In that same year, DC Comics wanted to trademark Superman's symbol (just like how Disney did it with Mickey Mouse during that time), so Wayne Boring, who was the primary penciller of Superman back then, changed the design of the "S" to the one we all know and love today. The trademark applied to the basic design and all variations and it was used during the rest of the Golden Age era.
When Curt Swan became the primary penciler of Superman, he slightly modified Boring's design making the "S" more thicker and larger than before. This logo was used during the Silver Age and Bronze Age era of DC Comics until the end of the comic book series Crisis on Infinite Earths. The last time this logo was seen was in the comic book Superman: Whatever Happened to the Man of Tomorrow?, which was Swan's last work as regular artist on the character.
In 1968, Swan improved the design of the shield, making it straighter and having a vertical upper serif with a diagonal left edge and a black outline. This became Superman's most memorable and longest-lived logo, and also remains as one of the world's most recognized logos.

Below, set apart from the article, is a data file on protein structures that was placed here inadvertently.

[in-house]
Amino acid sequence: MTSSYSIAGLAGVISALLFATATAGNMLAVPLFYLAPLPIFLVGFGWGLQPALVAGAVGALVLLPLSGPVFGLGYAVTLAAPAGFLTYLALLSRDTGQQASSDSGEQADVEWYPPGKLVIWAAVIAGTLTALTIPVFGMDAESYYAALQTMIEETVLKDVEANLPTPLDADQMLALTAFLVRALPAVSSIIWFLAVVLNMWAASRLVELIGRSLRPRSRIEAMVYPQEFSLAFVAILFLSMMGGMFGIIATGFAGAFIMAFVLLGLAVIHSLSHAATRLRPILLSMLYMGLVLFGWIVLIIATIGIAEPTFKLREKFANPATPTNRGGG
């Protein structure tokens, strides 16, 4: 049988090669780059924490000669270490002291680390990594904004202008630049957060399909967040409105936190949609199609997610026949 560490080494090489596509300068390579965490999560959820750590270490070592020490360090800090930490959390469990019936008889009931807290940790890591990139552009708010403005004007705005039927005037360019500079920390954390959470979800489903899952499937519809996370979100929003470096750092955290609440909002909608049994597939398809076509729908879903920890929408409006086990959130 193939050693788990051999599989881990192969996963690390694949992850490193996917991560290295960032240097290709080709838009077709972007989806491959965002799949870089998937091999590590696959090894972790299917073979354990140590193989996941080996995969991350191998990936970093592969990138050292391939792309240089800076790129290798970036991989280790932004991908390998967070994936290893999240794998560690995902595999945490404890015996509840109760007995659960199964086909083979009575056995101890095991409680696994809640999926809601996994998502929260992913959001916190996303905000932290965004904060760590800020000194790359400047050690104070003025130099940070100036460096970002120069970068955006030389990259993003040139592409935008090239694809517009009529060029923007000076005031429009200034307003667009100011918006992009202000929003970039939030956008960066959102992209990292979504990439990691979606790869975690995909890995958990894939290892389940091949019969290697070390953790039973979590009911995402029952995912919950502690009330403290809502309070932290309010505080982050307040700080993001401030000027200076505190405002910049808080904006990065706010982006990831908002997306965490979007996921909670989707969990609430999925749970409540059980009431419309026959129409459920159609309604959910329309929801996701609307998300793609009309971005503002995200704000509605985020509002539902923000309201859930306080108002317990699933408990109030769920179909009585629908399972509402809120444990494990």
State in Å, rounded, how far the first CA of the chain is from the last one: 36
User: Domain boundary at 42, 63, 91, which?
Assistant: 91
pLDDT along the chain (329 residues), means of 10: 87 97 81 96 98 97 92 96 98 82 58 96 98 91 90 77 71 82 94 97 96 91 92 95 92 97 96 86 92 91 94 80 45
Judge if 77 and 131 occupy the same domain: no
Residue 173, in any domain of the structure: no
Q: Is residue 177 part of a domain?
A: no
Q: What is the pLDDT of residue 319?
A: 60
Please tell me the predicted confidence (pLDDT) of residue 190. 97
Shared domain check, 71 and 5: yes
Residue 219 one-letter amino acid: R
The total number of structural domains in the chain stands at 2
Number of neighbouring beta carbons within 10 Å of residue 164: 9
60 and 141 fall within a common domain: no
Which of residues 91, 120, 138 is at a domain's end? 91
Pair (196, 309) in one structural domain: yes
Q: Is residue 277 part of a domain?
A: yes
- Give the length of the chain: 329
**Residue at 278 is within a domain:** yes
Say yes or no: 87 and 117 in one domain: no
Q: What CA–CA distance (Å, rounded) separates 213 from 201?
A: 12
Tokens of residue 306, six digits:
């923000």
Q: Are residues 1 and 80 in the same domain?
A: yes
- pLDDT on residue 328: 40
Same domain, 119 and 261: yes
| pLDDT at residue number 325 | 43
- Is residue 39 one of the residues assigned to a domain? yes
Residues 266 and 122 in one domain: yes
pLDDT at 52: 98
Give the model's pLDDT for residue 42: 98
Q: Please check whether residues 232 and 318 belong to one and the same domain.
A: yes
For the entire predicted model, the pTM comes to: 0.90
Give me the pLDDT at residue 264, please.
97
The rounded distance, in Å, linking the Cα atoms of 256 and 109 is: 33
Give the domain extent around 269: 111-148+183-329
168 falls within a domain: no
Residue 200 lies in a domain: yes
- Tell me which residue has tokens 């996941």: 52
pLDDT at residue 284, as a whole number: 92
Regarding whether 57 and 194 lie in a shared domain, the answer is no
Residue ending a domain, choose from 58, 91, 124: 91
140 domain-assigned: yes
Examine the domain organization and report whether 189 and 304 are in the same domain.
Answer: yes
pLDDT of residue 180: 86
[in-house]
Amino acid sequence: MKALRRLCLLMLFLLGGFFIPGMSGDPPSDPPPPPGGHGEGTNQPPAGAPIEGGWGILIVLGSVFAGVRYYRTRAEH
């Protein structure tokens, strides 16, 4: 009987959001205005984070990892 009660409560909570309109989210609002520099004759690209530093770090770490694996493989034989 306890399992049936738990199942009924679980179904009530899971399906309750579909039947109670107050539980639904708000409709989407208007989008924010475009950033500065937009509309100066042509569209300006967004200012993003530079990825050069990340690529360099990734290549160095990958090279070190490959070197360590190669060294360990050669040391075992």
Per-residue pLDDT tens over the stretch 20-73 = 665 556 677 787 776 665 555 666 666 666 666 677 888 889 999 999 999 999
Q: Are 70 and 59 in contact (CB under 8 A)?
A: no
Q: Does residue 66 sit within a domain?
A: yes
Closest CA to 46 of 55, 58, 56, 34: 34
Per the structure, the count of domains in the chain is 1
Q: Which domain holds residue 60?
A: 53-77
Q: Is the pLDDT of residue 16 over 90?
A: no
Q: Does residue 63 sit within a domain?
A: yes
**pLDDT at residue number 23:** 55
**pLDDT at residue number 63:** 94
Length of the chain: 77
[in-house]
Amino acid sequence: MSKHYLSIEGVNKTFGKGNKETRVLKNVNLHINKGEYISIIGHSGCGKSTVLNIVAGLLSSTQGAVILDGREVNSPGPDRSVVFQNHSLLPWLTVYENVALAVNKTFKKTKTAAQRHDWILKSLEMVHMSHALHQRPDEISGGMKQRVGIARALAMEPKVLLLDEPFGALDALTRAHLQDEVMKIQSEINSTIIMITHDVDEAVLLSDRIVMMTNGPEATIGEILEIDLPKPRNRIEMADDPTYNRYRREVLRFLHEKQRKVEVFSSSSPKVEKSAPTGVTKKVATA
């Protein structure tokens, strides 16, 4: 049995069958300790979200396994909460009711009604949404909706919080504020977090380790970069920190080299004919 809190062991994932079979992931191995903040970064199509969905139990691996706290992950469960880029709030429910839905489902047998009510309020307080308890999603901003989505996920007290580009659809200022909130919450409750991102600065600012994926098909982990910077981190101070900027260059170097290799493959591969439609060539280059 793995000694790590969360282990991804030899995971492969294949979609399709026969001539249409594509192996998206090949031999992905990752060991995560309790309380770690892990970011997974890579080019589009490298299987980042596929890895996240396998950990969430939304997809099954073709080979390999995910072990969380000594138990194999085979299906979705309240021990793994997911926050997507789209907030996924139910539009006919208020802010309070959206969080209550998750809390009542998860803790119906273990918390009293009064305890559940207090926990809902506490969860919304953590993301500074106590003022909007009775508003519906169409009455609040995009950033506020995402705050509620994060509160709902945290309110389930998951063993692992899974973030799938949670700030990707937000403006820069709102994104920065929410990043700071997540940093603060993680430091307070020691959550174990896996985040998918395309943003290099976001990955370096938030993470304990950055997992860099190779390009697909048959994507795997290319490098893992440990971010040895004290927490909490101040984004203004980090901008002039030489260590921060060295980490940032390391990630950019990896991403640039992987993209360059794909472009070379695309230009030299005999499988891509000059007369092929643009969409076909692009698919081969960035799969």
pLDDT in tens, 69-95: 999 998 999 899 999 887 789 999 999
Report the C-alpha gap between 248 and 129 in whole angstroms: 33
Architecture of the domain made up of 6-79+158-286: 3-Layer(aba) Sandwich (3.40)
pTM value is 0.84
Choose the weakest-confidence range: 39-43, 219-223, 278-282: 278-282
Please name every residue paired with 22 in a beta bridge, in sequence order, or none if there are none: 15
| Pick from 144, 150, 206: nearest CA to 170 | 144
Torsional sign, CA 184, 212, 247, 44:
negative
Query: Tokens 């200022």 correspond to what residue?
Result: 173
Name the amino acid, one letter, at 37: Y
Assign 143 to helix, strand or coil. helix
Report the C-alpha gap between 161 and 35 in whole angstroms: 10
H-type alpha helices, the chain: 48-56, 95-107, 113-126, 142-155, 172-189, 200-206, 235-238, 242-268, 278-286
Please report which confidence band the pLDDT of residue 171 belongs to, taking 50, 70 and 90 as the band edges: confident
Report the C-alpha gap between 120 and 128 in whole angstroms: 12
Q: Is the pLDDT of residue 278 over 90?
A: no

This logo debuted in Superman (Vol 1) #211 (only seen at the right-bottom corner of the cover art) and from 1977 to 1992 it was just used as a secondary variation usually seen in merchandise, mainly in shirts (it also made an appearance in the opening of the 1978 movie). It wouldn't be until his death in The Death of Superman that the character started to officially use this logo in the comics.
In 2011, with the reboot of New 52, this logo was replaced, but it was still used outside the comics and it was brought back with the Rebirth series in 2016.
After the events of Infinite Crisis, the continuity of the DC Universe was rebooted, included Superman's, starting the Post-Crisis/Modern Age era of DC.
And because of that, the storyline of the franchise was retold in The Man of Steel #1, introducing this logo designed by John Byrne. It was designed to be larger and straighter than Swan's logo, with a triangular or V-shaped serif and putting more focus on the large line in the middle of the "S".